Amanda Rheaume’s rootsy, guitar-driven ballads introduce crucial dimensions to the world of Heartland Rock. In a genre characterized by anthems of underdogs, assumptions and unfair advantages, Rheaume’s sound and story crucially and radically expand the boundaries, geographic and cultural, to make space for new perspectives on resistance and resilience. A Citizen of the Métis Nation, and an active and proud member of the 2SLGBTQ+ community, Rheaume’s music is indeed from the heart, and the land.
First a songwriter, Rheaume comes from a long line of tireless, transformational organizers and activists, and carries this lineage forward in her ever-growing role as a crucial builder of Indigenous music infrastructure and community. From the International Indigenous Music Summit, to newly-founded Ishkode Records, and the National Indigenous Music Office, the goal of raising Indigenous sovereignty in the music industry drives all of Rheaume’s work.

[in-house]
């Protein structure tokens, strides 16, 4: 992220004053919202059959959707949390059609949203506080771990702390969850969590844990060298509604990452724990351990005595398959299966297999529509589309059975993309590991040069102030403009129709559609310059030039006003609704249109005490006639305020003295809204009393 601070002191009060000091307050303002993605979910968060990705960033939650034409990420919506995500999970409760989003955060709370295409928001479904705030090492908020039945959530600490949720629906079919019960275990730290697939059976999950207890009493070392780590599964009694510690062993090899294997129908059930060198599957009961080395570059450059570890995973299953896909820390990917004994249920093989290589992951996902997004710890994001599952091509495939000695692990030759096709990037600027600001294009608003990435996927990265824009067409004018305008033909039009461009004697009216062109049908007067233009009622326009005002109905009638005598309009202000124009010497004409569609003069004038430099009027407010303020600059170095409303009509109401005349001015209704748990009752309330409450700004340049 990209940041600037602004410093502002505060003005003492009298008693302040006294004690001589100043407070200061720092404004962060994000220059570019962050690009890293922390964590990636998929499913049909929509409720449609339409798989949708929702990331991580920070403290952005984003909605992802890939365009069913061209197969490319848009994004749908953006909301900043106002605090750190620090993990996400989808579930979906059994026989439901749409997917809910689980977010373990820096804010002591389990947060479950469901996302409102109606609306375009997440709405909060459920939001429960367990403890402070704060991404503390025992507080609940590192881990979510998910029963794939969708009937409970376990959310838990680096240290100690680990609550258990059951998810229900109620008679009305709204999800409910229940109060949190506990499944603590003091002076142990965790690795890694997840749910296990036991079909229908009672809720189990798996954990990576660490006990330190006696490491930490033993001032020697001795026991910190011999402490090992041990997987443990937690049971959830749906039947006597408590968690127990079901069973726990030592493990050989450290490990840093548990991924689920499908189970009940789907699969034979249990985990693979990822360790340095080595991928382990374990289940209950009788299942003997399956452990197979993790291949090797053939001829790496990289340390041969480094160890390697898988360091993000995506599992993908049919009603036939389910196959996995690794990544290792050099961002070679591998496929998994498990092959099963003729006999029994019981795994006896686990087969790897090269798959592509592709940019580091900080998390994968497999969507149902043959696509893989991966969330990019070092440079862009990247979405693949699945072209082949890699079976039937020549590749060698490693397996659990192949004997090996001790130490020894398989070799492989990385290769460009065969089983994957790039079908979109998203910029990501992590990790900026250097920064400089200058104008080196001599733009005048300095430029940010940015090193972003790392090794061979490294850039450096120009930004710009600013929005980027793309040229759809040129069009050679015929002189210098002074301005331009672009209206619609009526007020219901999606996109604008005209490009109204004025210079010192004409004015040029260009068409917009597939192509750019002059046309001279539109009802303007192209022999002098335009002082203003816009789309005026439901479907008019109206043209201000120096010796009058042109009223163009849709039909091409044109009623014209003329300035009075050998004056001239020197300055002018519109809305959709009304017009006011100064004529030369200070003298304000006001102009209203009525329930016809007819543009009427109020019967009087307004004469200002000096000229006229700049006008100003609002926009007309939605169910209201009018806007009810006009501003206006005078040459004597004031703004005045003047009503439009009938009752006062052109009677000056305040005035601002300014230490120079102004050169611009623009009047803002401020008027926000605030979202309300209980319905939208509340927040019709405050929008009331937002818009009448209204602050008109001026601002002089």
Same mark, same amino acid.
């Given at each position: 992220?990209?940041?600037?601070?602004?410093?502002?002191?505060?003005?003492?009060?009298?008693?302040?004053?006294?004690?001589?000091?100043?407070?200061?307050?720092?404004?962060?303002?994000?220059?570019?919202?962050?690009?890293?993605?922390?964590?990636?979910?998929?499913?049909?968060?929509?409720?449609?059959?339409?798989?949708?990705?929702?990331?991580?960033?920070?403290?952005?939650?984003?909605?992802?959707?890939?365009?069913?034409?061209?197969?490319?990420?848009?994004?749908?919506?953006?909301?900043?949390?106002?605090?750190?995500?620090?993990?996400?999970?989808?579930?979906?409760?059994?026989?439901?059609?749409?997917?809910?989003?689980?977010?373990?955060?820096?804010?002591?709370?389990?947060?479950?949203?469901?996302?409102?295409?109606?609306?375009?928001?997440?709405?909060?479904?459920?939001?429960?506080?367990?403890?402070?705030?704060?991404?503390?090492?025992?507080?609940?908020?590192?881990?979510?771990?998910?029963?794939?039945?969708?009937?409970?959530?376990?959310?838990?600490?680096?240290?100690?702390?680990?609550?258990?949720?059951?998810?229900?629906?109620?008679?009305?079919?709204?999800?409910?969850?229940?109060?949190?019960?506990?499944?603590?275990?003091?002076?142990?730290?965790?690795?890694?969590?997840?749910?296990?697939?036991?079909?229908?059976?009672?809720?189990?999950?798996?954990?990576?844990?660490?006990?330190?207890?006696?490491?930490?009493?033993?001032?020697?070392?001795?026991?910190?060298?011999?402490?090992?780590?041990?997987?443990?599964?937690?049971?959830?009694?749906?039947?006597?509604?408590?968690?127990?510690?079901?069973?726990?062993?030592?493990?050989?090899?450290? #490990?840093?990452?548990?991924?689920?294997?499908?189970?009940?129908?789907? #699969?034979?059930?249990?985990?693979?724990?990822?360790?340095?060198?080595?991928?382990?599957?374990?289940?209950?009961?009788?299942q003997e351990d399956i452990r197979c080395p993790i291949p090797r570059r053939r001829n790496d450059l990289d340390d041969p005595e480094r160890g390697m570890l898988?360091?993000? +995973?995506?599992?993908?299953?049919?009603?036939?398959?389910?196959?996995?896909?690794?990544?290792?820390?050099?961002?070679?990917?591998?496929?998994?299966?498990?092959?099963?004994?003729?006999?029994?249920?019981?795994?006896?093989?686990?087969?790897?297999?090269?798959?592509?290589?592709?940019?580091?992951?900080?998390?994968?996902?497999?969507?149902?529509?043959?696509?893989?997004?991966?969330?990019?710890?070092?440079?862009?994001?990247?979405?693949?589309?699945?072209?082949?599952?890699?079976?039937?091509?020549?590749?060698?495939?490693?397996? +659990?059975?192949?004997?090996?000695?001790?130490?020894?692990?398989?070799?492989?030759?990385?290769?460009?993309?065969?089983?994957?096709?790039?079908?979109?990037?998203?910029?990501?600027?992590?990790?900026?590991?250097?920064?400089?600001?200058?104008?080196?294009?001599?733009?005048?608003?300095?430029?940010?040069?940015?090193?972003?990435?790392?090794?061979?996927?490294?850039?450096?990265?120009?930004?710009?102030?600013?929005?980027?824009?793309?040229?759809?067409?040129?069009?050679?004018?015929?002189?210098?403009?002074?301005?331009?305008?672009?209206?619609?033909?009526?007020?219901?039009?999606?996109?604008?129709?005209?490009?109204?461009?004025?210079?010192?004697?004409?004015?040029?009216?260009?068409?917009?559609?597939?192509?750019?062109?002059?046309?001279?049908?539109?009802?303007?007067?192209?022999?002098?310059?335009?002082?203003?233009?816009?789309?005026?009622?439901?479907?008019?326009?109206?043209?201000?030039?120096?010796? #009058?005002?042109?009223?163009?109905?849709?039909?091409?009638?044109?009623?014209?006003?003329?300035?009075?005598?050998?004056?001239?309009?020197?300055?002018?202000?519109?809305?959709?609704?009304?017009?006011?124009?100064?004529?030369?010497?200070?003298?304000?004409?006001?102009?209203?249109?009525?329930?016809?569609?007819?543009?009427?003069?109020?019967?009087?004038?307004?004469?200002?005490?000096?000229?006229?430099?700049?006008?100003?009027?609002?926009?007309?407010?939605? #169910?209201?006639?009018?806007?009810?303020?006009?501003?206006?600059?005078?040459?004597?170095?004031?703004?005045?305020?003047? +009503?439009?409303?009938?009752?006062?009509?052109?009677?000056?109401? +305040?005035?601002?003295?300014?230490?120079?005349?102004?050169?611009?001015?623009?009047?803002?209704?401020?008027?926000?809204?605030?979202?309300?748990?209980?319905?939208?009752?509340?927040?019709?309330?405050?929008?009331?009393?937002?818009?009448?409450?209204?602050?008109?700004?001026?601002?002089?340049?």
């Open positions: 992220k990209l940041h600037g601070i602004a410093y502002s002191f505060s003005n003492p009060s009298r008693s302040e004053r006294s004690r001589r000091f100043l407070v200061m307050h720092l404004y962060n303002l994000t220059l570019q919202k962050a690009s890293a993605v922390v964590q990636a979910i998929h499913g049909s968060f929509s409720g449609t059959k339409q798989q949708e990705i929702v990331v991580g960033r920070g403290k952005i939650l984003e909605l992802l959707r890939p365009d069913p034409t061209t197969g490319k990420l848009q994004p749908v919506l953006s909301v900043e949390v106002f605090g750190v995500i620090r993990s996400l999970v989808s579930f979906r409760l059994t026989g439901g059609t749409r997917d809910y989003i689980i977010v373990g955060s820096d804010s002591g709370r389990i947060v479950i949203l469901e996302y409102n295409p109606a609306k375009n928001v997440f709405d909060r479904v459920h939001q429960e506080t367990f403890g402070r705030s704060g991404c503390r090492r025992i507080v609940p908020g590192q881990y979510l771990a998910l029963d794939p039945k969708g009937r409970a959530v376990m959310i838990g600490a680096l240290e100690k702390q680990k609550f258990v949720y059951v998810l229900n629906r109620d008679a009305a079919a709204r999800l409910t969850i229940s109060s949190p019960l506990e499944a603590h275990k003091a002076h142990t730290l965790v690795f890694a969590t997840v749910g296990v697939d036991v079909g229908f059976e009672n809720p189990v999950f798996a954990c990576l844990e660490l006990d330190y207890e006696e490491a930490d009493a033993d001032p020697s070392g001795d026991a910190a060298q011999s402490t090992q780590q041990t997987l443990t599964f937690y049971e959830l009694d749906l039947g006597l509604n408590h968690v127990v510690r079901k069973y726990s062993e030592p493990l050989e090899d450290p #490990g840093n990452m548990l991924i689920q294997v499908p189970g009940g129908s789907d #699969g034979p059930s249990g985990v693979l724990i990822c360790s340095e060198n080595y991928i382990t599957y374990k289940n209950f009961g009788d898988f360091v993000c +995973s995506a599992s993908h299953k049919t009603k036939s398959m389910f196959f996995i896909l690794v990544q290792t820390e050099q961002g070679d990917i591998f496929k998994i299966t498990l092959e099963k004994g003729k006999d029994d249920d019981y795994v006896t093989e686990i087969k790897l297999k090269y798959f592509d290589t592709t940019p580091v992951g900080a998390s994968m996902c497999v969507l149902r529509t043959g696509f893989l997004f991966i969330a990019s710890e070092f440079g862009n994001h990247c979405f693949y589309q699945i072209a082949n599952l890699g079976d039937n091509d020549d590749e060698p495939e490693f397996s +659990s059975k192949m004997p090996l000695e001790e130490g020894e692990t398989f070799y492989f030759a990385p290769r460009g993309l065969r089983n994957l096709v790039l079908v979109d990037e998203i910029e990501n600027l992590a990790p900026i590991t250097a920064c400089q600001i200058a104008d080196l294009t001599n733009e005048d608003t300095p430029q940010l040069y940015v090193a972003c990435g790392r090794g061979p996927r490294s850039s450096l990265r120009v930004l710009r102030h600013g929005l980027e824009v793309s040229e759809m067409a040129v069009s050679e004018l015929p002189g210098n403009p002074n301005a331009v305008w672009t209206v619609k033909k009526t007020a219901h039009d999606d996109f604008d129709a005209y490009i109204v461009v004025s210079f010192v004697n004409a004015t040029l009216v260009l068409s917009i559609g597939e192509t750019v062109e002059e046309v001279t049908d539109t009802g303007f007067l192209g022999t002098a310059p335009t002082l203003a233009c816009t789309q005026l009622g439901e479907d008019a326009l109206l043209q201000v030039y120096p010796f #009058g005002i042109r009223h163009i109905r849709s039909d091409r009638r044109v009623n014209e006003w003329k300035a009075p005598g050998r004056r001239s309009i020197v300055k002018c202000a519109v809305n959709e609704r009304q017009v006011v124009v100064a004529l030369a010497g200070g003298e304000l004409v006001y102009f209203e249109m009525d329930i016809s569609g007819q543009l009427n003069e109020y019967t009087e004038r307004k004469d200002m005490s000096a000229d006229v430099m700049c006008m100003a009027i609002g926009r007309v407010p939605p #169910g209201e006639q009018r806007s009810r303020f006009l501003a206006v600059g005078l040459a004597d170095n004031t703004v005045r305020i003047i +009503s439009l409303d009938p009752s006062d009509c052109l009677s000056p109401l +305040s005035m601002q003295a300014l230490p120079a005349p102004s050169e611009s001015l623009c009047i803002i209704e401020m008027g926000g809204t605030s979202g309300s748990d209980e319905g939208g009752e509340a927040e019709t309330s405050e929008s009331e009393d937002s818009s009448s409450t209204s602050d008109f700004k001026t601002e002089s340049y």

Rheaume (she/her) has released 5 full-length albums over a period of 15 years, a self-managed career that has traveled countless tours and milestones. 2013’s Keep a Fire was nominated for a JUNO Award and won a Canadian Folk Music Award for Indigenous Songwriter of the Year. With a new single “100 Years,” a driving, surging Copperhead Road-esque journey through a wilfully, harmfully misrepresented chapter in a violent colonial timeline, Rheaume makes a powerful statement about history and identity.
Photo by Jen Squires.